At first glance, Sam Hunt might seem like a fairly typical young country singer—he grew up in a small Southern town; spent his school days concentrating on sports, but feeling his attachment to music grow deeper and deeper; and came to Nashville with little idea of how the music business worked, but with big dreams. But a closer look instantly reveals that there is nothing typical about the music that Hunt makes, nor about the way he has introduced his work to the world. In a short time and on his own terms, he has become one of Nashville’s most hotly anticipated new artists, and his debut album, Montevallo, delivers on the buzz and the promise—and then some.
The album follows Hunt’s recent four-song album preview, X2C, led by the Top Five, gold-selling track “Leave the Night On.” Of course, even though he was a recording rookie, Hunt was no stranger to the country music charts, having already written hits for the likes of Kenny Chesney, Keith Urban and Billy Currington.
His songs started to experiment with ways to mix more modern beats and tones with the narrative and wordplay that define the best country music. Some of the other songwriters were skeptical, but when Kenny Chesney recorded “Come Over” (written by Hunt along with Shane McAnally and Josh Osborne, who remain his close associates) and it became a Number One hit, he sensed that he was on to something. When the even more sonically daring “Cop Car” became a hit for Keith Urban, Hunt was convinced that he had found an exciting new direction, and began to shift his focus from being a songwriter to stepping out front as a solo artist.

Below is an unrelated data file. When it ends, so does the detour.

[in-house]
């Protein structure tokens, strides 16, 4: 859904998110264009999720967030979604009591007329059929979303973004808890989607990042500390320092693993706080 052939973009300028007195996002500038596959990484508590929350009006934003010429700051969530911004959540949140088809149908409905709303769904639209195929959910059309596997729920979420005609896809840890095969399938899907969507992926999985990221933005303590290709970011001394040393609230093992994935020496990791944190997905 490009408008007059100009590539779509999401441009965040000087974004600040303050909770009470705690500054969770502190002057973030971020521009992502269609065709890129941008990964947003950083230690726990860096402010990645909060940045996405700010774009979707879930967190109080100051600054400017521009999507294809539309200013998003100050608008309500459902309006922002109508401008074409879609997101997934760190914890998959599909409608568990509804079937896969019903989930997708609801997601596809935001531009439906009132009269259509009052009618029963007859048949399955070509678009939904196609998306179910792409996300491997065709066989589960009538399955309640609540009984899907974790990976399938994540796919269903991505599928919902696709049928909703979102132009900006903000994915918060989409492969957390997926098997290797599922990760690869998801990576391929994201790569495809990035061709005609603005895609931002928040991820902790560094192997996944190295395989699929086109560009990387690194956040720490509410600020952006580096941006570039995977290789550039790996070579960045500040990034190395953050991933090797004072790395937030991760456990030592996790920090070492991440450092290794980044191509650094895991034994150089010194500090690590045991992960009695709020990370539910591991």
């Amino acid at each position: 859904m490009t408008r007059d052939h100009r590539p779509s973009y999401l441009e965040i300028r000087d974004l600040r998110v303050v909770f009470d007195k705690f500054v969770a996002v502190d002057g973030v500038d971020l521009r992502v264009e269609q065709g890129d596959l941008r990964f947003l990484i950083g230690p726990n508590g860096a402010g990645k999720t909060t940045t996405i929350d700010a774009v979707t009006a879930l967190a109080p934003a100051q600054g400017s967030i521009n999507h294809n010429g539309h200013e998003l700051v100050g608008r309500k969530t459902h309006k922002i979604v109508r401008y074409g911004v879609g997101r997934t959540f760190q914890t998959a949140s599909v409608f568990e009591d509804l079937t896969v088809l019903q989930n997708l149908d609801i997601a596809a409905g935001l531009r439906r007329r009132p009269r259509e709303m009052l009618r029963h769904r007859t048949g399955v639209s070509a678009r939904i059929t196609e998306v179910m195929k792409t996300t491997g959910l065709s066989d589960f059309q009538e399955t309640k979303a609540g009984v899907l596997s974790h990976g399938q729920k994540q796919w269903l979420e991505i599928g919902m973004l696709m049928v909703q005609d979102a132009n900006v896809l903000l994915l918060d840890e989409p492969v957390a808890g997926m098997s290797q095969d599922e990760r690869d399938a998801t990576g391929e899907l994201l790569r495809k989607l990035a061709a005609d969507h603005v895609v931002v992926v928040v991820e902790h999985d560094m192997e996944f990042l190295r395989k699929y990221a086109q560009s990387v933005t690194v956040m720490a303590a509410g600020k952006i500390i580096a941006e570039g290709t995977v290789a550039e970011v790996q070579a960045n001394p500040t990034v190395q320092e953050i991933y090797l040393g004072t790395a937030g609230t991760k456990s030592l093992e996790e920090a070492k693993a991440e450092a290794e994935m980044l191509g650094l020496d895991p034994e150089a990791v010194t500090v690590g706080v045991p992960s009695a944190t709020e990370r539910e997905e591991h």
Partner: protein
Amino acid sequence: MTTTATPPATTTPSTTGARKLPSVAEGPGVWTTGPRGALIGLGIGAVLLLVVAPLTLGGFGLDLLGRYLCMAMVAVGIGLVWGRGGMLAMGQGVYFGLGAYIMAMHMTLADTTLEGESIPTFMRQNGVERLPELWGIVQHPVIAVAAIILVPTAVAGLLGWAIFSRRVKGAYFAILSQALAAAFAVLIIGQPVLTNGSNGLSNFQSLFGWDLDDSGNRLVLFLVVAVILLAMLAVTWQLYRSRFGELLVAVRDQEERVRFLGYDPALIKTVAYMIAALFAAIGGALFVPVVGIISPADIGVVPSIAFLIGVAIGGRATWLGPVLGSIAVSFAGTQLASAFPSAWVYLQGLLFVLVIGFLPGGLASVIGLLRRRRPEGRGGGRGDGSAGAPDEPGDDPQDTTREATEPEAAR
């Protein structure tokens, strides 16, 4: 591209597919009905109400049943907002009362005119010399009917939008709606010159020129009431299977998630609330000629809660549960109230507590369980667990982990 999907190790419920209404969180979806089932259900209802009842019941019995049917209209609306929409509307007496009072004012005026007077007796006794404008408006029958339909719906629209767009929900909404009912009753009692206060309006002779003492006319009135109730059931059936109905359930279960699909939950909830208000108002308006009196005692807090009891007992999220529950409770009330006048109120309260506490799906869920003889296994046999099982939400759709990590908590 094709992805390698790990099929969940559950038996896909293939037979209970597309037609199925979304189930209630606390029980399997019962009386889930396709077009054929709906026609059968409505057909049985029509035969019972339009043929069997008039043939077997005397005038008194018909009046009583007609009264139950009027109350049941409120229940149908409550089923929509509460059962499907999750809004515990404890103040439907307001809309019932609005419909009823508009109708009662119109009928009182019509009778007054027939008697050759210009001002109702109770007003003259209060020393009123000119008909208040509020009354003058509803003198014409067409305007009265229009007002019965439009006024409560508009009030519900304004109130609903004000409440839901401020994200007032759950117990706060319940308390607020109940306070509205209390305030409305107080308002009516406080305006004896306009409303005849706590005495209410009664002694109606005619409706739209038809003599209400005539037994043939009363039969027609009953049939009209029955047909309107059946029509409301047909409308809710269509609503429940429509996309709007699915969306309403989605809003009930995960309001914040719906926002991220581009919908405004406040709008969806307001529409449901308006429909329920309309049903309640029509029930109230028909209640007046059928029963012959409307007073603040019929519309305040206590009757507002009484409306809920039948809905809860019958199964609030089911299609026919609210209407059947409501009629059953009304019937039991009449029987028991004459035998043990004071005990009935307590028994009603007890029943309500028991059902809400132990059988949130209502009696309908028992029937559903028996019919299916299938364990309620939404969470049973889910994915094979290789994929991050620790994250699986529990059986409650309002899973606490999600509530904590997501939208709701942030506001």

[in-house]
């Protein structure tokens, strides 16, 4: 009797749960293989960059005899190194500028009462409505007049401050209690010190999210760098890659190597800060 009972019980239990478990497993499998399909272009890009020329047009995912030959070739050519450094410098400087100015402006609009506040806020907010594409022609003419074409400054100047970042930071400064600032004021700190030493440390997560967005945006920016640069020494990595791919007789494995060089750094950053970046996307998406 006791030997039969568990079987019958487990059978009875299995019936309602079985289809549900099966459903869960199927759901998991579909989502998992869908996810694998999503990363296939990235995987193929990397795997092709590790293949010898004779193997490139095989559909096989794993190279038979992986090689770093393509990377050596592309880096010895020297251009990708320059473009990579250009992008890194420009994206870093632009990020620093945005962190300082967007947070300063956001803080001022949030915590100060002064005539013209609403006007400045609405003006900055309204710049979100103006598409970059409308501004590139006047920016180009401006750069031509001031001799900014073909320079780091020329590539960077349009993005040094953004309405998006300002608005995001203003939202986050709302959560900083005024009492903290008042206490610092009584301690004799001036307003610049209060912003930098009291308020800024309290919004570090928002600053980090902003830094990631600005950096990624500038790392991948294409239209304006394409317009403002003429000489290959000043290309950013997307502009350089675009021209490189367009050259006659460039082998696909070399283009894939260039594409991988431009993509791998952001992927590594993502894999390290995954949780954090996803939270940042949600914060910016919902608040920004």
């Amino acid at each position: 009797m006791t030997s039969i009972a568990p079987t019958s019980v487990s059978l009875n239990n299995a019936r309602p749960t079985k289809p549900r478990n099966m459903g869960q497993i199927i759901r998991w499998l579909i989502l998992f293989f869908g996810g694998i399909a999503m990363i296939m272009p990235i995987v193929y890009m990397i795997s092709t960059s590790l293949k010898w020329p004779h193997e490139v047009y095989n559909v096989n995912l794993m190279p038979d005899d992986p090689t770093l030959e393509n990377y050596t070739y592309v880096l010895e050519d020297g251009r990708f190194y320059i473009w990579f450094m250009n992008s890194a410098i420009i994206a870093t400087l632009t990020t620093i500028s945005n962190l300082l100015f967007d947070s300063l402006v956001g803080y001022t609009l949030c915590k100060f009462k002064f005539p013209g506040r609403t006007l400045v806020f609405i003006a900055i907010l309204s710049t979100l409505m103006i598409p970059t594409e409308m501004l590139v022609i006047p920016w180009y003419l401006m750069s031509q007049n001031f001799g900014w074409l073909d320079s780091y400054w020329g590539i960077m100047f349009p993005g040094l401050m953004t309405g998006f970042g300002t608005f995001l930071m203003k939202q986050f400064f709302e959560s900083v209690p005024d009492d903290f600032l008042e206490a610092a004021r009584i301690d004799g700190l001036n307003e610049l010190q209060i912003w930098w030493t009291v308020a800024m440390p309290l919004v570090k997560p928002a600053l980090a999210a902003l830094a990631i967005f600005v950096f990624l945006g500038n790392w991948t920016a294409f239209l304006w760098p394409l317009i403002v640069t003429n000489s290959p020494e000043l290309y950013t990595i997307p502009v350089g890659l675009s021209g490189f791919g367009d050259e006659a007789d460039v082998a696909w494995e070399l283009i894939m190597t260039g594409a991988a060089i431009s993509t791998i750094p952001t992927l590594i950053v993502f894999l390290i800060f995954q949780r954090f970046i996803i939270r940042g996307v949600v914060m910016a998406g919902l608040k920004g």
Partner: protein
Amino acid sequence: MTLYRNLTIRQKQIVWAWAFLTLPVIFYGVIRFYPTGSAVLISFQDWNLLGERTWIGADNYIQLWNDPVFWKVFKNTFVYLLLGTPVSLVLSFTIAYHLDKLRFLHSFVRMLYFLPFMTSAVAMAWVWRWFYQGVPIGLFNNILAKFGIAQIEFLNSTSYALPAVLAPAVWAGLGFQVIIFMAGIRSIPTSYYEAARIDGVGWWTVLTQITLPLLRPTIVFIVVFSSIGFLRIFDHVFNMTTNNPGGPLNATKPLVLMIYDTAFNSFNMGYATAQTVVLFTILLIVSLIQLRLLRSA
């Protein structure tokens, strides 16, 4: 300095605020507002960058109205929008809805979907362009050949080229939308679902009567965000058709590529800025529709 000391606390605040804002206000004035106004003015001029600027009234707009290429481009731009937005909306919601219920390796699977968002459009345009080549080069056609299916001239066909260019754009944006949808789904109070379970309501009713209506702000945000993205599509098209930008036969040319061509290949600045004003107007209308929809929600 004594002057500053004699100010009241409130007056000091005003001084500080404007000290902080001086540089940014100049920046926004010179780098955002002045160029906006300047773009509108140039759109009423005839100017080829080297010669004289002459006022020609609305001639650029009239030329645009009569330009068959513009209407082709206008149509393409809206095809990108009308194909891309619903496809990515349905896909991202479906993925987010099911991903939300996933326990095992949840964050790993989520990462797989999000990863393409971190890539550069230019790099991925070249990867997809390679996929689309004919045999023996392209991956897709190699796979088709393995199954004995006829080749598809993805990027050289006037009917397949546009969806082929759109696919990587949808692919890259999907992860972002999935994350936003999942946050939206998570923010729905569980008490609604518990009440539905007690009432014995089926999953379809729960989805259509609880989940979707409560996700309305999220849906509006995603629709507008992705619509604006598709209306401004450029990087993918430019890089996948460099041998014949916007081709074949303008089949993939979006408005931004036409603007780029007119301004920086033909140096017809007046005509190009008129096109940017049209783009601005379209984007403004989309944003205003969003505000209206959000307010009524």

The results are a bracing mix of sounds and styles, from the aggressive dance beats of the opening “Take Your Time” to the more melodic “Make You Miss Me.” On “Break Up in a Small Town,” Hunt talk-sings the verses, an accident he and Crowell stumbled on in the studio, before unleashing an explosive chorus. With “Raised On It,” he wanted to write about his small-town upbringing with images that expanded upon the now-predictable trucks and dirt roads of countless other country songs; the results are both more specific and more universal than the standard fare.
As for the album’s title, Montevallo is the name of a small Alabama town where Hunt often retreated these past few years, to visit friends and escape from the pressures of starting a new career in Nashville. He also points out, however, that the word means “mountains and valleys” in Spanish—which, he says, “feels about right, too.” Because as his remarkable set of songs demonstrates, for Sam Hunt, contradictions are meant to be embraced, rules are meant to be broken, and creativity knows no limits.Back to Artist Lineup